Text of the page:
NY policeman not indicted in chokehold death; U.S. Justice sets probe

Reuters

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NY policeman not indicted in chokehold death; U.S. Justice sets probe

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A New York City grand jury decision not to charge a white police officer who killed an unarmed black man with a chokehold sparked outrage and protests on Wednesday, and the U.S. Justice Department said it would investigate the incident.
Eric Garner, a 43-year-old father of six, was illegally selling cigarettes on July 17 when police officers tackled him and put him in a chokehold. Police said he had been resisting arrest. The city's medical examiner ruled the death a homicide.
The deadly encounter on Staten Island, New York City's smallest borough, was captured on video, which quickly spread over the Internet and fueled debate about how U.S. police use force, particularly against minorities.

Last week, a grand jury in Missouri decided not to indict a white police officer in another racially charged killing of a black man. The decision in that case sparked a spasm of violence in Ferguson, Missouri, with businesses burned and looted.
The Justice Department is investigating whether Brown's civil rights were violated through excessive force.
On Wednesday, about two dozen demonstrators lay down in Grand Central Terminal's main hall in Midtown Manhattan in a silent protest as the evening rush hour began. In Times Square, about 200 people gathered, chanting "No indictment is denial. We want a public trial."
On Staten Island, near the site where Garner was apprehended, some demonstrators defiantly crushed cigarettes in front of reporters and passersby - a reference to the reason that police gave for approaching Garner in the first place.
President Barack Obama, while not directly commenting on the case, said the grand jury decision spoke to "the concern on the part of too many minority communities that law enforcement is not working with them and dealing with them in a fair way.
"We are not going to let up until we see a strengthening of trust and strengthening of accountability that exists between our communities and our law enforcement," he said.
New York Mayor Bill de Blasio, speaking at a press conference on Staten Island, said he had spoken to U.S. Attorney General Eric Holder and the U.S. attorney for the Eastern District of New York, Loretta Lynch - whom Obama has nominated to replace Holder as attorney general.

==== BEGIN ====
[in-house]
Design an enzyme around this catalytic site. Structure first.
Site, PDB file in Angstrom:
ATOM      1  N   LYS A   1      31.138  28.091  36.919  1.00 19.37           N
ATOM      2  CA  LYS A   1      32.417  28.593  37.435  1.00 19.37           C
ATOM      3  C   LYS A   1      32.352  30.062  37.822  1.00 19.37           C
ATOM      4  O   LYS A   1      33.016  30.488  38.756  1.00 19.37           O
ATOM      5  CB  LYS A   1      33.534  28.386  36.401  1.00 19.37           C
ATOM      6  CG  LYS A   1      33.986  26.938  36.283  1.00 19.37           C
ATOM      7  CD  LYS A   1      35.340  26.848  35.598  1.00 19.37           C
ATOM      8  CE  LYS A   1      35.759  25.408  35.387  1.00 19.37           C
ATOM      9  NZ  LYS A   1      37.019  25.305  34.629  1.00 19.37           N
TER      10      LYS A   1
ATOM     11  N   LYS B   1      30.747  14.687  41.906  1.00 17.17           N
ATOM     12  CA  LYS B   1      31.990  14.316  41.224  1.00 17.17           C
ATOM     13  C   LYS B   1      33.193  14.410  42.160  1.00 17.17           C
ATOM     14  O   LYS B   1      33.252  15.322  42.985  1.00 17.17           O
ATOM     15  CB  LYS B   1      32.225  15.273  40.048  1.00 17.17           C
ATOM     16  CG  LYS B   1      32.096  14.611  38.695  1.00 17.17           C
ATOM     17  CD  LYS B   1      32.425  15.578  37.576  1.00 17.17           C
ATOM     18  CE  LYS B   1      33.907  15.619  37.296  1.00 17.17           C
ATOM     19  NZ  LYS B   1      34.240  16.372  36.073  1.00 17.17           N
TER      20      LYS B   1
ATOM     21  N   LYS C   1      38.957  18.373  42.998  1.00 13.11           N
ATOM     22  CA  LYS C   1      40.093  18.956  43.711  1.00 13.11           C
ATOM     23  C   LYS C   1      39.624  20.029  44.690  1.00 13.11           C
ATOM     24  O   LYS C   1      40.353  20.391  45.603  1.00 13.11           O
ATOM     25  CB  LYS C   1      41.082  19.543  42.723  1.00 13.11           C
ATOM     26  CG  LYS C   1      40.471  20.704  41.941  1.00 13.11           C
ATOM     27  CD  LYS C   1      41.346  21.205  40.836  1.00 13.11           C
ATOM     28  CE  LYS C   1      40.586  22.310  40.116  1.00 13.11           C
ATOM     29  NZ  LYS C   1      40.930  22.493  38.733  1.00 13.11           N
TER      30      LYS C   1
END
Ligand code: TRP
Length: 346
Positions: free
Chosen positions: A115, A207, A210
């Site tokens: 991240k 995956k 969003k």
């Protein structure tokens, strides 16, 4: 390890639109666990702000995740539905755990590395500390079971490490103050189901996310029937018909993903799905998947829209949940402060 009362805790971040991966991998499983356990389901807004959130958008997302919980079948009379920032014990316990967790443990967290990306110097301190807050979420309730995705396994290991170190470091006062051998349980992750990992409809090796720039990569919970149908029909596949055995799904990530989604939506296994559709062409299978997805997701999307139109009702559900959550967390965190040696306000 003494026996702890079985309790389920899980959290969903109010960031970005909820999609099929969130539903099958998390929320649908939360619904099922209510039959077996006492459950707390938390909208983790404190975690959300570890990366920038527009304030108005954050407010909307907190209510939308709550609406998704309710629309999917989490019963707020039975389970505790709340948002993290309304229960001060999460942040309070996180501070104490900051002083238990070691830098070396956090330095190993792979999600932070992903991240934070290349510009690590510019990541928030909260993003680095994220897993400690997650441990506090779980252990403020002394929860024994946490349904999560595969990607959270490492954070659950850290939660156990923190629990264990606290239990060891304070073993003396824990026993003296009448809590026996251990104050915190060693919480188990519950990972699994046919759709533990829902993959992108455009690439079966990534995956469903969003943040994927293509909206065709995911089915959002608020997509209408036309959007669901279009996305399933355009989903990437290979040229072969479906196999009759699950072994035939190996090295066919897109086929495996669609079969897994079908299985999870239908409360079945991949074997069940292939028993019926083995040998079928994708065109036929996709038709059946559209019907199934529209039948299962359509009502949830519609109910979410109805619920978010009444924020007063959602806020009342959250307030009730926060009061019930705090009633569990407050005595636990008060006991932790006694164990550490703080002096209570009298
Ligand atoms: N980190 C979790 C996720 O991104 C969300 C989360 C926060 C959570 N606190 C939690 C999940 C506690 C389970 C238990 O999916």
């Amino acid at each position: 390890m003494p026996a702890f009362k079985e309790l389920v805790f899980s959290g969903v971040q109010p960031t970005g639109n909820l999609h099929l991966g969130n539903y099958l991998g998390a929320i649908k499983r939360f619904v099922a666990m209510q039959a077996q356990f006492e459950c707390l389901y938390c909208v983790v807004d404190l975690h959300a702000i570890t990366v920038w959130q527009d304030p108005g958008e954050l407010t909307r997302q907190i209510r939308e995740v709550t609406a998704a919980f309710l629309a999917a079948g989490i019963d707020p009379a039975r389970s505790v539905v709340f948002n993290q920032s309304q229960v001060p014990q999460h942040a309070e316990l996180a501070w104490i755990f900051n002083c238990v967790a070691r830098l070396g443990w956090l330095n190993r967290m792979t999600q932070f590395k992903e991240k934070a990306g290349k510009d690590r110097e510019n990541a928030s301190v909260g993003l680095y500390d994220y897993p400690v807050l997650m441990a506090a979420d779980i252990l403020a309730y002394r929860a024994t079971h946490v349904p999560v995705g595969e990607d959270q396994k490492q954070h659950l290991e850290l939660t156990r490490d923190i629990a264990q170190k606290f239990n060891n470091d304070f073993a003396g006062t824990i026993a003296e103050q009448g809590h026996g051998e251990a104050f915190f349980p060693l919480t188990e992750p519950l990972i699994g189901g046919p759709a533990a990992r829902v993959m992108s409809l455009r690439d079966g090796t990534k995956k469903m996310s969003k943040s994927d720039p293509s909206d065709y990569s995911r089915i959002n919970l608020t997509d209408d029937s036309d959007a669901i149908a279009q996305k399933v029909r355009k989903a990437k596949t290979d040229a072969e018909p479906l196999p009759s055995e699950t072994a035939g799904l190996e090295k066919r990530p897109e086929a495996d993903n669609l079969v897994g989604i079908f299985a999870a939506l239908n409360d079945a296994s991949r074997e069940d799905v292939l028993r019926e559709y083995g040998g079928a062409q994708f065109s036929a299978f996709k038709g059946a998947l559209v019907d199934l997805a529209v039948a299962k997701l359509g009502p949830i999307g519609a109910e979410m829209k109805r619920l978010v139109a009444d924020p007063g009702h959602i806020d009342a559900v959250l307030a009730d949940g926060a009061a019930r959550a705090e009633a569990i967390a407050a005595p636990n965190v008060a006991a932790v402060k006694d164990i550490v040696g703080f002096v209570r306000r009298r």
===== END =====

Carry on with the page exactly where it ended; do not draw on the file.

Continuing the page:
"They made clear that the investigation initiated by the U.S. attorney would now move forward and would be done expeditiously, and would be done with a clear sense of independence and that it would be a thorough investigation," de Blasio said.
The district attorney for Staten Island, Daniel Donovan, announced the grand jury's decision not to indict the police officer, Daniel Pantaleo, who placed Garner in a chokehold.
"It is never my intention to harm anyone and I feel very bad about the death of Mr. Garner," Pantaleo said in a statement released by the Patrolmen's Benevolent Association union.
Benjamin Carr, the stepfather of Garner, said he was distraught over the verdict. "The justice system didn't do what it was supposed to do," he said at the site where Garner was apprehended by police and a makeshift memorial to his honor now stands.
Tempers flared at the site as about a dozen protesters expressed their anger at the grand jury's decision.
Daniel Skelton, a black 40-year-old banker, spoke loudly as he expressed his outrage steps away from Garner's memorial. "A black man's life just don't matter in this country," he said.
Police prosecutions rare
It is rare for either federal or state prosecutors to charge a U.S. police officer for excessive force, even when a death results.
The U.S. Supreme Court and lower courts have over decades ruled that police officers should have wide latitude to use violence to defend themselves and to take suspects into custody.
“There are a lot of cases where police officers don’t get indicted for what looks like extreme situations,” said Aaron Mysliwiec, president of the New York State Association of Criminal Defense Lawyers. “Many jurors and judges tend to believe police officers more than your average witness.”
In ruling Garner's death a homicide, the city medical examiner said police officers killed him by compressing his neck and chest. His health problems, including asthma and obesity, were contributing factors, the medical examiner said.
The video of Garner's arrest shows him arguing with police officers, saying, "Please leave me alone," and later, "Don't touch me," before a group of four officers tackled him to the ground. He then began to plead with them, saying repeatedly, "I can't breathe." Police said later that Garner had been resisting arrest.
Donovan said he had applied for a court order to authorize the release of "specific information in connection with the Garner grand jury investigation." The grand jury, like all in New York, had 23 members. At least 12 grand jurors must agree to bring an indictment.
De Blasio called for people to react peacefully to the grand jury decision, saying that is "only thing that has ever worked." The grand jury decision poses the biggest challenge for the mayor since coming into office in January.
Shortly before the grand jury announcement, the New York City police launched a pilot program to equip officers with body cameras. The video camera program was ordered by a federal court judge who ruled last year that police had unfairly stopped and frisked black and Latino New Yorkers. It aims to make officers more careful and accountable about using force, de Blasio told reporters, while reducing complaints and lawsuits.

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